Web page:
Rat-A-Phewey: Roasted Rodent Seized From Passenger’s Luggage

Officials made the gruesome discovery during a routine search at Munich airport.

<p>A whole, roasted cane rat was found by customs officials from the main customs office at the airport during a baggage check on a passenger from the Congo, in Munich, Germany, in April. (Hauptzollamt Munchen/Zenger)</p>

Horrified customs officials seized a roasted cane rat from a passenger’s luggage when he flew into Germany from Africa.

The rodent – considered a bush meat delicacy in West Africa – had been packed in a cold box and still had its fur on its hide. Cane rats are heavily built rodents, with bristly brown fur speckled with yellow or grey.

Officials made the gruesome discovery during a routine search at Munich airport and the passenger explained he had packed it as a snack for a long journey.

Thomas Meister – a spokesman for the Custom Headquarters in Munich – said: “Our officers have a lot of experience with travelers arriving with foodstuff they must not bring here. But such a confiscation is quite remarkable.”

Meister added that staff discovered the animal during a baggage check of a plane coming from Africa but refused to name the passenger or his departure airport.

Officials explained that importing rat meat is prohibited to prevent the spread of disease.

Experts later destroyed the snack.

The genus Thryonomys, also known as the cane rats or grasscutters, is a type of rodent found throughout sub-Saharan Africa.

German police officers patrol next to a British Airways counter at Frankfurt Airport August 10, 2006 in Frankfurt, Germany. (Photo by Ralph Orlowski/Getty Images)

They are eaten in some African countries and are considered a pest species on many crops.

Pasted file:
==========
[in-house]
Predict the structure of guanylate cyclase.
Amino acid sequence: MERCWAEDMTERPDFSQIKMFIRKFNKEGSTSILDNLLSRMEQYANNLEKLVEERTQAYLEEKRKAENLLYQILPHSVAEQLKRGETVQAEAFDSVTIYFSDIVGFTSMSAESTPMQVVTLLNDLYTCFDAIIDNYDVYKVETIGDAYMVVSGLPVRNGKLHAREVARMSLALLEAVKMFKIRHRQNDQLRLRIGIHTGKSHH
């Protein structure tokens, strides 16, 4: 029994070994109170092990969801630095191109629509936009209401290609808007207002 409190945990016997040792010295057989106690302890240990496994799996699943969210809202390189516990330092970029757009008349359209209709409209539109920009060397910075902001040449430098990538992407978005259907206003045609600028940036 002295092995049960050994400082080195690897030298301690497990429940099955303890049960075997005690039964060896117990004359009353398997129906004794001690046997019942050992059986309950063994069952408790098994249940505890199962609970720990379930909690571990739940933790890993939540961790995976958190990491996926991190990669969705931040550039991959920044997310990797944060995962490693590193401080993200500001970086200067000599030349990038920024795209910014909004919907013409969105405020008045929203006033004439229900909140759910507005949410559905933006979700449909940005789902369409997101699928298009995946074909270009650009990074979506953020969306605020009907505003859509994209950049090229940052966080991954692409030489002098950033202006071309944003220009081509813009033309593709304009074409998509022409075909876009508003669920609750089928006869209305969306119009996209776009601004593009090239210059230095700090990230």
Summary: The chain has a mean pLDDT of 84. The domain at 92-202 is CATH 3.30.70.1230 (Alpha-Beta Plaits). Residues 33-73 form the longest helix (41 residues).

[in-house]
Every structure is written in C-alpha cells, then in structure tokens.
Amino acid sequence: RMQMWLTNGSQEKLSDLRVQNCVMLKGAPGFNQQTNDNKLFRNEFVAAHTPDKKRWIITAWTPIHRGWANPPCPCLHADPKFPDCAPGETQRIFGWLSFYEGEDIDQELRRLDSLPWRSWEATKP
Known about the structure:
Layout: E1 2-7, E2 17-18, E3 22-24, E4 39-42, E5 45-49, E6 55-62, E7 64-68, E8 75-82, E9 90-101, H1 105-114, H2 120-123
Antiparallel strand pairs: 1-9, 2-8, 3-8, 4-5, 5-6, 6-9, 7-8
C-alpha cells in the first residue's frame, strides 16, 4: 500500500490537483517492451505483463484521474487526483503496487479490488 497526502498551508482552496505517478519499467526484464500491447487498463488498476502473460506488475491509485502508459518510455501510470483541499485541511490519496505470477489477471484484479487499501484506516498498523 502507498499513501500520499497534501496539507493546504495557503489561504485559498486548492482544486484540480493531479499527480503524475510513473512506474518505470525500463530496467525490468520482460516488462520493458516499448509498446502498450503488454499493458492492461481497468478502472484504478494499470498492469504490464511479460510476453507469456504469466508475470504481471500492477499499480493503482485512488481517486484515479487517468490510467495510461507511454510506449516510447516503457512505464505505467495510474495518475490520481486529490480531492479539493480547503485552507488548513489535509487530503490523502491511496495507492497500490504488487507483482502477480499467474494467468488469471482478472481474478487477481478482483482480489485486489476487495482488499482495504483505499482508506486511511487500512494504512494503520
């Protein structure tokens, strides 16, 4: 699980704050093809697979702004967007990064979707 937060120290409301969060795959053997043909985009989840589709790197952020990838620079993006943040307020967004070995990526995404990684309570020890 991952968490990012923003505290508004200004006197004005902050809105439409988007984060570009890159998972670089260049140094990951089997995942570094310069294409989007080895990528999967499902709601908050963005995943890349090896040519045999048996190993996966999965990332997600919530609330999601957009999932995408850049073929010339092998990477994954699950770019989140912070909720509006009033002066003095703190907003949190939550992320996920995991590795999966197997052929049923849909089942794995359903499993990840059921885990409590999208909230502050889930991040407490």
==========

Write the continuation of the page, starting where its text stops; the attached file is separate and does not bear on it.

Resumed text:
As the guinea pig, their meat is high in protein and low in fat and is said to be appreciated for its tenderness and taste.

The family name comes from the Greek word thryon, meaning a “rush” or “reed” and ‘mys’ referring to “mouse”.

Cane rats range in body length between 35 and 60 centimeters (14 to 24 inches). They commonly weigh six to seven kilograms (one stone) in captivity and can reach weights up to 10 kilograms (1.57 stone) in the wild.

They live in marshy areas and along river and lake banks, and are herbivores, feeding on aquatic grasses in the wild.

In agricultural areas they will – as the name suggests – feed on sugarcane in plantations, making them a significant crop pest.

Cane rats are widely distributed and farmers expend substantial energy fencing the rodents out of their fields, but they are also valued as a source of “bush meat” in West and Central Africa.

In the savanna area of West Africa, people have traditionally captured wild cane rats and fattened them in captivity.

German customs officials search bags for meat and dairy products of passengers arriving on a flight from Istanbul on January 10, 2006 in Berlin, Germany. (Photo by Sean Gallup/Getty Images)

More recently, intensive production of cane rats has been undertaken in countries such as Benin and Togo and agricultural extension services in Cameroon, Ghana, and Nigeria among other countries have also encouraged farmers to rear these rodents in rural and suburban areas.

Munich Airport is the second-busiest airport in Germany in terms of passenger traffic after Frankfurt Airport. Located 28 kilometers (17 miles) northeast of the capital of the Free State of Bavaria, Munich Airport is the ninth busiest airport in Europe with nearly 48 million passengers in 2019. It is the world’s 15th-busiest airport in terms of international passenger traffic.

Munich Airport offers dozens of European and global connections including Manchester, Birmingham, and Dublin.